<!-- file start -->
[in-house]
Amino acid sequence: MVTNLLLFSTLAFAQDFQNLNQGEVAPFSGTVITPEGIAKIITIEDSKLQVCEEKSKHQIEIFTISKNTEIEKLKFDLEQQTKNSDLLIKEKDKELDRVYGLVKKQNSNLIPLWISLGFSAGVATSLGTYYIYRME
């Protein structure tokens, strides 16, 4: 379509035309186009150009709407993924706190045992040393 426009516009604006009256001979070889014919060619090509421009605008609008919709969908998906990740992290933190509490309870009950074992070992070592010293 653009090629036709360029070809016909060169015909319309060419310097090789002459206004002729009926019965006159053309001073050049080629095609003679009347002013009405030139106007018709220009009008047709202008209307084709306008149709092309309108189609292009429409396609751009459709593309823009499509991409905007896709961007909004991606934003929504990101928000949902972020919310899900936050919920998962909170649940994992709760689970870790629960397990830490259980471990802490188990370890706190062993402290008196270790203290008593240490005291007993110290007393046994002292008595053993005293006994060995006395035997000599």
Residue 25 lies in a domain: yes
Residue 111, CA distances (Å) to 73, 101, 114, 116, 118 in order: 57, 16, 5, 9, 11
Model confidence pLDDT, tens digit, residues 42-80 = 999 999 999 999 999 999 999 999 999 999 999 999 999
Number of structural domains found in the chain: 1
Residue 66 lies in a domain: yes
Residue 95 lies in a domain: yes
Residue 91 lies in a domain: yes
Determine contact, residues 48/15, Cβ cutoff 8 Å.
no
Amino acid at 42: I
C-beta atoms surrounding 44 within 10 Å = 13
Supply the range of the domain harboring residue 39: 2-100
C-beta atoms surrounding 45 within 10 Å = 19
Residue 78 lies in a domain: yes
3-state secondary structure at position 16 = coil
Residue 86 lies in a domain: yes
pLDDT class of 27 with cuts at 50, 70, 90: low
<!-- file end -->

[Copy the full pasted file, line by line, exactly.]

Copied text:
[in-house]
Amino acid sequence: MVTNLLLFSTLAFAQDFQNLNQGEVAPFSGTVITPEGIAKIITIEDSKLQVCEEKSKHQIEIFTISKNTEIEKLKFDLEQQTKNSDLLIKEKDKELDRVYGLVKKQNSNLIPLWISLGFSAGVATSLGTYYIYRME
């Protein structure tokens, strides 16, 4: 379509035309186009150009709407993924706190045992040393 426009516009604006009256001979070889014919060619090509421009605008609008919709969908998906990740992290933190509490309870009950074992070992070592010293 653009090629036709360029070809016909060169015909319309060419310097090789002459206004002729009926019965006159053309001073050049080629095609003679009347002013009405030139106007018709220009009008047709202008209307084709306008149709092309309108189609292009429409396609751009459709593309823009499509991409905007896709961007909004991606934003929504990101928000949902972020919310899900936050919920998962909170649940994992709760689970870790629960397990830490259980471990802490188990370890706190062993402290008196270790203290008593240490005291007993110290007393046994002292008595053993005293006994060995006395035997000599």
Residue 25 lies in a domain: yes
Residue 111, CA distances (Å) to 73, 101, 114, 116, 118 in order: 57, 16, 5, 9, 11
Model confidence pLDDT, tens digit, residues 42-80 = 999 999 999 999 999 999 999 999 999 999 999 999 999
Number of structural domains found in the chain: 1
Residue 66 lies in a domain: yes
Residue 95 lies in a domain: yes
Residue 91 lies in a domain: yes
Determine contact, residues 48/15, Cβ cutoff 8 Å.
no
Amino acid at 42: I
C-beta atoms surrounding 44 within 10 Å = 13
Supply the range of the domain harboring residue 39: 2-100
C-beta atoms surrounding 45 within 10 Å = 19
Residue 78 lies in a domain: yes
3-state secondary structure at position 16 = coil
Residue 86 lies in a domain: yes
pLDDT class of 27 with cuts at 50, 70, 90: low